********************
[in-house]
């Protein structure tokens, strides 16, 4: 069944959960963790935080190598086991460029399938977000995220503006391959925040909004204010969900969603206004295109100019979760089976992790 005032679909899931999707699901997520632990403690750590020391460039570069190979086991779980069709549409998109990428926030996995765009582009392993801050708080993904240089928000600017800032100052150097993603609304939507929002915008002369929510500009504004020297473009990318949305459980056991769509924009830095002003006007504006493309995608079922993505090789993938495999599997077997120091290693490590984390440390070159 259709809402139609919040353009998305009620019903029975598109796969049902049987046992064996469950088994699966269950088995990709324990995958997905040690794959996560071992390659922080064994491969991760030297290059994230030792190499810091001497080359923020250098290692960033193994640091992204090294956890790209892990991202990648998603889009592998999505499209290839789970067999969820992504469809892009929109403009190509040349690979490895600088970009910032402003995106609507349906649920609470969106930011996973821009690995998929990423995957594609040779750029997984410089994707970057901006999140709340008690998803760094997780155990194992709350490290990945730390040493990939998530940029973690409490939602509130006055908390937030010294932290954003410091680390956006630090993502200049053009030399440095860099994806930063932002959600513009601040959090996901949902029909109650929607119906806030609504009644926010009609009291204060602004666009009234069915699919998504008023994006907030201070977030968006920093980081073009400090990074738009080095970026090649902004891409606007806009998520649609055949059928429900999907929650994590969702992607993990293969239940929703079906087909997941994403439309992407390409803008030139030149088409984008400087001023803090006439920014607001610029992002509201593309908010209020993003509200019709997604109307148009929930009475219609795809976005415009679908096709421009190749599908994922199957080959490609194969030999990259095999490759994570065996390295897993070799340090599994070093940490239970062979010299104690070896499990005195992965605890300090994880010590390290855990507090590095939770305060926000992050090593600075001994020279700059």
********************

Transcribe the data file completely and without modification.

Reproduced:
[in-house]
């Protein structure tokens, strides 16, 4: 069944959960963790935080190598086991460029399938977000995220503006391959925040909004204010969900969603206004295109100019979760089976992790 005032679909899931999707699901997520632990403690750590020391460039570069190979086991779980069709549409998109990428926030996995765009582009392993801050708080993904240089928000600017800032100052150097993603609304939507929002915008002369929510500009504004020297473009990318949305459980056991769509924009830095002003006007504006493309995608079922993505090789993938495999599997077997120091290693490590984390440390070159 259709809402139609919040353009998305009620019903029975598109796969049902049987046992064996469950088994699966269950088995990709324990995958997905040690794959996560071992390659922080064994491969991760030297290059994230030792190499810091001497080359923020250098290692960033193994640091992204090294956890790209892990991202990648998603889009592998999505499209290839789970067999969820992504469809892009929109403009190509040349690979490895600088970009910032402003995106609507349906649920609470969106930011996973821009690995998929990423995957594609040779750029997984410089994707970057901006999140709340008690998803760094997780155990194992709350490290990945730390040493990939998530940029973690409490939602509130006055908390937030010294932290954003410091680390956006630090993502200049053009030399440095860099994806930063932002959600513009601040959090996901949902029909109650929607119906806030609504009644926010009609009291204060602004666009009234069915699919998504008023994006907030201070977030968006920093980081073009400090990074738009080095970026090649902004891409606007806009998520649609055949059928429900999907929650994590969702992607993990293969239940929703079906087909997941994403439309992407390409803008030139030149088409984008400087001023803090006439920014607001610029992002509201593309908010209020993003509200019709997604109307148009929930009475219609795809976005415009679908096709421009190749599908994922199957080959490609194969030999990259095999490759994570065996390295897993070799340090599994070093940490239970062979010299104690070896499990005195992965605890300090994880010590390290855990507090590095939770305060926000992050090593600075001994020279700059």